A few years ago, J.K. Rowling drew attention when she revealed that she had published a book, The Cuckoo’s Calling, under the pseudonym Robert Galbraith. Authors publishing under pen names is, of course, nothing new in the literature world, but the practice has no set source of inspiration. In Rowling’s case, she wanted to publish her first novel after Harry Potter without the intense pressure that would follow the beloved series. However, many other circumstances have brought writers to hide their true identities. Here are a few well-known examples that I think have particularly interesting reasoning attached to them.
1. Charlotte, Emily, and Anne Brontë: Currer, Ellis, and Acton Bell
The works we now know to be written by the Brontë sisters were originally published as the works of the Bell brothers. Preserving their initials, Charlotte published her work as Currer Bell, Emily published as Ellis Bell, and Anne published as Acton Bell. Their pen names were used out of necessity in an academic environment where women’s published work was controversial and largely overlooked. After originally publishing under these pseudonyms, they eventually dropped the pen names and became well-known and respected women writers while they were still alive.
2. Agatha Christie: Mary Westmacott
With works such as And Then There Were None and Murder on the Orient Express, Agatha Christie is one of the most famous mystery writers of all time. Apparently, she wanted to keep it that way, because she used her pseudonym Mary Westmacott to publish several romance novels. It raises the interesting question about the importance of an author’s persona. Was she embarrassed to be writing such novels? Was it a matter of separating work and play? Or did she simply want to maintain her persona as a mystery writer so that writing another genre would not affect the way her other work was read?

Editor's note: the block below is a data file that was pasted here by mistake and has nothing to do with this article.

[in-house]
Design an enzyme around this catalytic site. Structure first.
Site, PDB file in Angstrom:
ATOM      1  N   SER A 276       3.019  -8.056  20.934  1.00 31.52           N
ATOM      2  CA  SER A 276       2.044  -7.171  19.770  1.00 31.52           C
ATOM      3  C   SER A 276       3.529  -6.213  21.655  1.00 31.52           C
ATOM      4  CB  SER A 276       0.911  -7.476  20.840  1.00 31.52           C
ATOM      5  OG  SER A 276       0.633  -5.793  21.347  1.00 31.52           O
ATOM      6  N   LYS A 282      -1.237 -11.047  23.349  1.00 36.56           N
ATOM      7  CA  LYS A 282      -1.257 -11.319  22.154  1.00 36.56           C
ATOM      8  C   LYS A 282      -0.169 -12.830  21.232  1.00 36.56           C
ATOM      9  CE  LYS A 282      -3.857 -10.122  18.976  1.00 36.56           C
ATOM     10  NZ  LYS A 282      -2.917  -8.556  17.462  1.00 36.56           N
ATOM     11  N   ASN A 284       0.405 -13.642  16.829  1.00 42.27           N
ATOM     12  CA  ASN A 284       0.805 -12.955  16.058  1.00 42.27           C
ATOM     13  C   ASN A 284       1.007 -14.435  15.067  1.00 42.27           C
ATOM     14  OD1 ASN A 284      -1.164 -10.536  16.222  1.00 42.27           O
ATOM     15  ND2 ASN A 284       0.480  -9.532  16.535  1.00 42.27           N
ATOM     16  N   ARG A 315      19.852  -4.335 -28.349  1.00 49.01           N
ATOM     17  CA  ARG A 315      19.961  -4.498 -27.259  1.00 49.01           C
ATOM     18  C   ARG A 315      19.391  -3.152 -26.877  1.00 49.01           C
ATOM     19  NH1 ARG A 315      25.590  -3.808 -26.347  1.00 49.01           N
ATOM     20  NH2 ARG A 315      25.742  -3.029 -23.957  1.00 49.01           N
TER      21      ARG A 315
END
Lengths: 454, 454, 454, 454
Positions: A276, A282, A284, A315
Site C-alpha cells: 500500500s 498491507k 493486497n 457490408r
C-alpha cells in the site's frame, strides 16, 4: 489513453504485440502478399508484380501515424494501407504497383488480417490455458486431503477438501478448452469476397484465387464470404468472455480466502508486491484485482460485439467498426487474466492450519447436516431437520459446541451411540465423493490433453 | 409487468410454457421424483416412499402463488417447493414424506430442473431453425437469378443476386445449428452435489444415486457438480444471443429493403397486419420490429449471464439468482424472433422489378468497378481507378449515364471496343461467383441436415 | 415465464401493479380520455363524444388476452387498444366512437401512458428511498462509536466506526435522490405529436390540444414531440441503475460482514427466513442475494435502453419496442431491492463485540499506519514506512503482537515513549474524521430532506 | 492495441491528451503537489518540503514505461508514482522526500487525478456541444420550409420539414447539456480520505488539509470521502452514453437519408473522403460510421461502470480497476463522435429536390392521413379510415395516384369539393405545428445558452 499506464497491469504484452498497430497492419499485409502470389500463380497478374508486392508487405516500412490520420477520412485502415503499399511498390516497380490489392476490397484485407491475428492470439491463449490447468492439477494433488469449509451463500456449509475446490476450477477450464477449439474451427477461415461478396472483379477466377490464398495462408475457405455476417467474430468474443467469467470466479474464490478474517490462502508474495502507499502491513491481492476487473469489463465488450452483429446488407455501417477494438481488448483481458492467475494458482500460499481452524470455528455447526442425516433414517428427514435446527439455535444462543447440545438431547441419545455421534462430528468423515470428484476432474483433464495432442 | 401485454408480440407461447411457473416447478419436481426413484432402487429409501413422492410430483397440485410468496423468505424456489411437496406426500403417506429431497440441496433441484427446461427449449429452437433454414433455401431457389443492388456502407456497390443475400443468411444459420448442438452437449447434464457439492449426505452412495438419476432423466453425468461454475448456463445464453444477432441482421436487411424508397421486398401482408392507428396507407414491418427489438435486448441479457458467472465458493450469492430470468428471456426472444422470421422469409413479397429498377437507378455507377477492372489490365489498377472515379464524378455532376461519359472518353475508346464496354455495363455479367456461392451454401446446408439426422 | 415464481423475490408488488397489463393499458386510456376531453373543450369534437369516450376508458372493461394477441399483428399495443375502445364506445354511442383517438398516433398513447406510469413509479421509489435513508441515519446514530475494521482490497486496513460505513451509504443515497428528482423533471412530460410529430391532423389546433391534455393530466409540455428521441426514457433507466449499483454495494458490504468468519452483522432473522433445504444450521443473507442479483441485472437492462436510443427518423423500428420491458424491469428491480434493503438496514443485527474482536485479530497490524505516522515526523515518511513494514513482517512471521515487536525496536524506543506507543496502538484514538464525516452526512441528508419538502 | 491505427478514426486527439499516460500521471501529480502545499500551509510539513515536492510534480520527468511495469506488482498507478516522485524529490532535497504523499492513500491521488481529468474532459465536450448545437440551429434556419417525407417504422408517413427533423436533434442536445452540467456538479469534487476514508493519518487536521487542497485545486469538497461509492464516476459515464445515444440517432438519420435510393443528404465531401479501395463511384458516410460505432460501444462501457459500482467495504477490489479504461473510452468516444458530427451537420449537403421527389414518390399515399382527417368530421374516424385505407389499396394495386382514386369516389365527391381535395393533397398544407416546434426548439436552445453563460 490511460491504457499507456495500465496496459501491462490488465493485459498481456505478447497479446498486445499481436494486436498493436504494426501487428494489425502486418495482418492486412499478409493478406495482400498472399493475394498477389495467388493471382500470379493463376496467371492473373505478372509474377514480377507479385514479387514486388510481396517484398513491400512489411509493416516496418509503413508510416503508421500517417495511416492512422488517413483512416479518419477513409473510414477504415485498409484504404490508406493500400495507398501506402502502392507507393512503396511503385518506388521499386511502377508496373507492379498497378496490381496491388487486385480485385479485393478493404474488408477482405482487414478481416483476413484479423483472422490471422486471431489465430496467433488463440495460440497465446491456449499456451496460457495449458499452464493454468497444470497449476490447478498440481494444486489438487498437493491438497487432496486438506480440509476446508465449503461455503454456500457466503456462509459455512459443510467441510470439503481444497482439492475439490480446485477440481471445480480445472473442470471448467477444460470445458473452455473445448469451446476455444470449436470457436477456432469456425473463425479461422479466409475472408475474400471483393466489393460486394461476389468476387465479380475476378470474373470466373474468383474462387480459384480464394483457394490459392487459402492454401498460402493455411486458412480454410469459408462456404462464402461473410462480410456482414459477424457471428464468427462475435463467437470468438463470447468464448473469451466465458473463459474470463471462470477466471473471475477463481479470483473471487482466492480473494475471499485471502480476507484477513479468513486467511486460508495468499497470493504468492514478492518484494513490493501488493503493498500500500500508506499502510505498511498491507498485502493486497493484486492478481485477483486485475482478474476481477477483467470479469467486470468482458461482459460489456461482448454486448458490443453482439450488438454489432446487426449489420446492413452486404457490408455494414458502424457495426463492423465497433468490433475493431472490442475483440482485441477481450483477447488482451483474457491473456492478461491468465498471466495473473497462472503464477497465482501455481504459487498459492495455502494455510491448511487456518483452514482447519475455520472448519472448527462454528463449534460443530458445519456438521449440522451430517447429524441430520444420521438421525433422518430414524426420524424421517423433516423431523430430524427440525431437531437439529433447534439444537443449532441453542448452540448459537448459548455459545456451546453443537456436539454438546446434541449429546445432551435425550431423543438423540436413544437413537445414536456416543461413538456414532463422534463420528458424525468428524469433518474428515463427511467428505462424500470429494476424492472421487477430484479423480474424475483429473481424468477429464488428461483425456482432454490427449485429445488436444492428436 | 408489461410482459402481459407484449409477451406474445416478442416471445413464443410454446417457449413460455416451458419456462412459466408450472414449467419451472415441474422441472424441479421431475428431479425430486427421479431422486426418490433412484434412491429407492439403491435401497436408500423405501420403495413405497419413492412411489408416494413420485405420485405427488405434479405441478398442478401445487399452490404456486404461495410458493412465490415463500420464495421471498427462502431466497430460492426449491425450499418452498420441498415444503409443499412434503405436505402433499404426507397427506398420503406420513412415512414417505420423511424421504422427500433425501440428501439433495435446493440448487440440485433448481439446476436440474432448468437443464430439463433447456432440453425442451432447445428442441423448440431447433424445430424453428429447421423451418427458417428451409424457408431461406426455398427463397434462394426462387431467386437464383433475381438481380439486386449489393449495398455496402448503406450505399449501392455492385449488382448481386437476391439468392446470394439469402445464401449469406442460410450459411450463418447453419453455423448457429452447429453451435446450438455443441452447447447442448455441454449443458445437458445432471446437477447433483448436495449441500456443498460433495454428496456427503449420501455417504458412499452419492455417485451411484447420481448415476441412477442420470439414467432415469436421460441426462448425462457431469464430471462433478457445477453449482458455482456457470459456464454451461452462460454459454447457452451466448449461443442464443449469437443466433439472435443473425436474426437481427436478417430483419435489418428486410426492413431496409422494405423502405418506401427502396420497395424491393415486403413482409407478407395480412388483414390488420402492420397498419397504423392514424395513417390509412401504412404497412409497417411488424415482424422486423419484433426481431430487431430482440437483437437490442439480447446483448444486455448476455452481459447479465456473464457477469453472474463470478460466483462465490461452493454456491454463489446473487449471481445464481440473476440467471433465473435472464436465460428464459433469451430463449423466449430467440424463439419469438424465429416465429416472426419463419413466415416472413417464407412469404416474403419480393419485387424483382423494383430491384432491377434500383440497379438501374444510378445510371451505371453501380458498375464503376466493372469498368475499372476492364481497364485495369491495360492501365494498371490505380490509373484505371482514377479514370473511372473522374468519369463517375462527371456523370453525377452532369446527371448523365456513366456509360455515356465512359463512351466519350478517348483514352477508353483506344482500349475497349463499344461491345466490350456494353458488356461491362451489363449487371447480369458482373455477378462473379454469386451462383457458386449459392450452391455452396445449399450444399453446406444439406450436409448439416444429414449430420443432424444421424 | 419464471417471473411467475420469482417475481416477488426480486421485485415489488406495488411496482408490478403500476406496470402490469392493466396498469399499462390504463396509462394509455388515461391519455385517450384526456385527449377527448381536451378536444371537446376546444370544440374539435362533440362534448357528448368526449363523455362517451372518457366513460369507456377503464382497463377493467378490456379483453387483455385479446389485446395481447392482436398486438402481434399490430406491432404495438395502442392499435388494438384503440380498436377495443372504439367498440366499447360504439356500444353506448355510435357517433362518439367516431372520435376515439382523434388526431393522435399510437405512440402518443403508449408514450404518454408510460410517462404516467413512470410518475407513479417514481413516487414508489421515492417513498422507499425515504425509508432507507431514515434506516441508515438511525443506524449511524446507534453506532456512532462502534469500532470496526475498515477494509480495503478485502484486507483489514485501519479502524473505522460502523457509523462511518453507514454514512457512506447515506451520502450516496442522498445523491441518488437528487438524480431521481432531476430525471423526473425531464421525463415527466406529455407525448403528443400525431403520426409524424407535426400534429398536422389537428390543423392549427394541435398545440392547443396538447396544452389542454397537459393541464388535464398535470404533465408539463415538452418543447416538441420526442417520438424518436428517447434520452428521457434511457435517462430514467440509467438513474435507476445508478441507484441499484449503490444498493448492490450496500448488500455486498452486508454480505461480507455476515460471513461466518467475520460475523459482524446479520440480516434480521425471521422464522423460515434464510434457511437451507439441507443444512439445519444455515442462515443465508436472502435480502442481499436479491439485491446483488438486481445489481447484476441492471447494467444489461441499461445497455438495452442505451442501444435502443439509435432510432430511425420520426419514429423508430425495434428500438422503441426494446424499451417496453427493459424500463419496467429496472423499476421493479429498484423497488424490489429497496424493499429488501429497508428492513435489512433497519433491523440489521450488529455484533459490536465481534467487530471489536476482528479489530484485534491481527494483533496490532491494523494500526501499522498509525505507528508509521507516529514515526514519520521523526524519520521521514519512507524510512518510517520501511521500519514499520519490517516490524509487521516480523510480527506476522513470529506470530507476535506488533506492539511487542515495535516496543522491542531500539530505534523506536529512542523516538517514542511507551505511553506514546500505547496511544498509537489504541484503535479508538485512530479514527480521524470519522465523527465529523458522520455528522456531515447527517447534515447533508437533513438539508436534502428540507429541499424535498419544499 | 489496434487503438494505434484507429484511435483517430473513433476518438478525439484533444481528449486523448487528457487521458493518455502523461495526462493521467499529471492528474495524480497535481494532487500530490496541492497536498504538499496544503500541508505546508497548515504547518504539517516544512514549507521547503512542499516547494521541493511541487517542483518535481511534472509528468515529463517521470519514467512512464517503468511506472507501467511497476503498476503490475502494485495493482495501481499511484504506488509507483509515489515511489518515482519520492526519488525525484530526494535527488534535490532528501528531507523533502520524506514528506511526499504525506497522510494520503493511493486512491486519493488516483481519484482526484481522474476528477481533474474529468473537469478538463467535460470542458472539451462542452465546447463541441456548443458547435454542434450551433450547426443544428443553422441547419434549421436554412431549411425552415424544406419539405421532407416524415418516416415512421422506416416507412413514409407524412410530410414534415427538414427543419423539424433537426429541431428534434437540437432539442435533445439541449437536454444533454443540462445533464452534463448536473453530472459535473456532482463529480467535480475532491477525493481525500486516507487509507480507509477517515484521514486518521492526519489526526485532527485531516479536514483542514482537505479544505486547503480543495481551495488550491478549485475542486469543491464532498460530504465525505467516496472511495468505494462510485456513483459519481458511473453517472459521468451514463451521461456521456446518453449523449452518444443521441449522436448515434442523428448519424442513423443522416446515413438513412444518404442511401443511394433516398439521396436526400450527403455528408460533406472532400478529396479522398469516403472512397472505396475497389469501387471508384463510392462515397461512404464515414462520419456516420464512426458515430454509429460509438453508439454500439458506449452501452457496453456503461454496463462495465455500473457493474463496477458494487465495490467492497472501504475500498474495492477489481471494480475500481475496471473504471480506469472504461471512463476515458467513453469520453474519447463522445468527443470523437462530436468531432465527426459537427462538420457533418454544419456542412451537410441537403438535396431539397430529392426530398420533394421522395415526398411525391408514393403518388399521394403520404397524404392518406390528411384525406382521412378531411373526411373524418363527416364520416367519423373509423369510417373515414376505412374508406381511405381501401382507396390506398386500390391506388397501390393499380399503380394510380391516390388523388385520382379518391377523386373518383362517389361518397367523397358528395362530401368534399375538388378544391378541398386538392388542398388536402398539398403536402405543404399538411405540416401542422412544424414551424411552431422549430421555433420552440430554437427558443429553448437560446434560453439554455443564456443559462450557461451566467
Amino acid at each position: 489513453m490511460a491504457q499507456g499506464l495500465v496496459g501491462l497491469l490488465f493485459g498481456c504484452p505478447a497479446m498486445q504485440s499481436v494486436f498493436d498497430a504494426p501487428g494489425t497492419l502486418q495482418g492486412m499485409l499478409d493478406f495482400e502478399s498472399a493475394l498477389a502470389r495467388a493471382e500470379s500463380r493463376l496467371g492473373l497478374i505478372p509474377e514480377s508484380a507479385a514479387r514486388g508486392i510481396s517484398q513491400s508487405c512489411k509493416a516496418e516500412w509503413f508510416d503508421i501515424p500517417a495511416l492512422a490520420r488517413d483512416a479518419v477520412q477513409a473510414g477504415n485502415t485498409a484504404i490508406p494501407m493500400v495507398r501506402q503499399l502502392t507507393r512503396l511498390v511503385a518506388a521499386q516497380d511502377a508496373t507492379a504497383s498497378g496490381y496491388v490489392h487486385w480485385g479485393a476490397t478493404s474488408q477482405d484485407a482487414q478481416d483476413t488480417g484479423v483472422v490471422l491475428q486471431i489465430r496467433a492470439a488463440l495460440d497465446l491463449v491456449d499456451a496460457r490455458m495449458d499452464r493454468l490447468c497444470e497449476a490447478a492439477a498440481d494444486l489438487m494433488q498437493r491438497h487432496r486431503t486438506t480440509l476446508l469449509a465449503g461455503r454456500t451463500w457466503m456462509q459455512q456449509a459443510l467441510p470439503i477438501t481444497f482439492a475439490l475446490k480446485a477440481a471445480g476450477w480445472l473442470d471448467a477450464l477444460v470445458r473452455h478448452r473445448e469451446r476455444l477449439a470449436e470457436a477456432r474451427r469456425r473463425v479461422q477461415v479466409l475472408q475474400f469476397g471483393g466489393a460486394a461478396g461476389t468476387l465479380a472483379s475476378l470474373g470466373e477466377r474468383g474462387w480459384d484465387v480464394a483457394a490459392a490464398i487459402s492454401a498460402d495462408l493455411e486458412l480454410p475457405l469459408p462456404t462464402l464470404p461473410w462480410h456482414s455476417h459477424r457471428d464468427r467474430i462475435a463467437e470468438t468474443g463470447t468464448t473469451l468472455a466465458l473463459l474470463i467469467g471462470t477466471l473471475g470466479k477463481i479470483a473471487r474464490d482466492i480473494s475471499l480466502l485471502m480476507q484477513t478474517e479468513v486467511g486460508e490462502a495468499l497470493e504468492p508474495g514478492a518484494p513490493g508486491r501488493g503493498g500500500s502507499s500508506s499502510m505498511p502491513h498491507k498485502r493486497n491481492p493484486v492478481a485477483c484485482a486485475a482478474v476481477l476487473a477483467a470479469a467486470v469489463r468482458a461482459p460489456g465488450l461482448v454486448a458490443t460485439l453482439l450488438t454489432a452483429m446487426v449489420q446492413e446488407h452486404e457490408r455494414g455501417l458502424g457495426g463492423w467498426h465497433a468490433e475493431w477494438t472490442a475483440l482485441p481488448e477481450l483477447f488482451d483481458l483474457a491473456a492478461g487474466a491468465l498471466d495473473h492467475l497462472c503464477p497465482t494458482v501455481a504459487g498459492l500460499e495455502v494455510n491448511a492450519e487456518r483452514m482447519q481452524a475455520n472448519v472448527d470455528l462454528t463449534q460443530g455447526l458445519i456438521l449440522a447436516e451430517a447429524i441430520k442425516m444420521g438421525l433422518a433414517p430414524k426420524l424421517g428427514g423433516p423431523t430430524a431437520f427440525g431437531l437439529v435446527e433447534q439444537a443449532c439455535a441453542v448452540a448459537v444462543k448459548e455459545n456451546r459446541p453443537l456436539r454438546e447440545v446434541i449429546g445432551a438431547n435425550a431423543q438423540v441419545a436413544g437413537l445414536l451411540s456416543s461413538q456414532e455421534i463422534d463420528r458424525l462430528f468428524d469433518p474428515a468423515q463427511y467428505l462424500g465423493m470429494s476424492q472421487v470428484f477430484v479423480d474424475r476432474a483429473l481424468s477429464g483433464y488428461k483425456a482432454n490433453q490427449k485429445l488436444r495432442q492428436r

3. Stephen King: Richard Bachman
If Stephen King’s writing is anything, it’s prolific. Novels and short stories combined, he has published a few hundred pieces. The man seems to be an endless source of content, and it is for this reason alone that he created his pen name alter ego. When he first started writing, publishing companies were reluctant to let authors publish more than once a year, but King was producing work at a faster pace than this. His loophole? Publish the extra books under another name, of course.
4. Daniel Handler: Lemony Snicket
This is an example of an author who is known better by their pen name than by their real identity. Lemony Snicket is credited as the writer of the children’s series A Series of Unfortunate Events. What’s interesting here is that Daniel Handler’s creation of this pen name is relevant to the story itself. Throughout the series, we come to learn that Lemony Snicket is mysteriously connected with all of the adventures of the Baudelaire children. Therefore, the narrator, who is the accredited author but not the real one, becomes a character who is not quite in the main action but not quite completely subjective. I think that this is great because it exposes kids to a nonconventional narrative technique.
5. Ben Franklin: Silence Dogood and others
Throughout his life, Ben Franklin published under several pen names, most of which had elaborate backstories. Usually his purpose was to strengthen the points or arguments he was making in his writing, but there was definitely also an element of fun as well. His most well-known pseudonym is Silence Dogood, a widowed middle-aged woman whom he wrote as when he was a teenager after his writing under his own name was rejected for publication.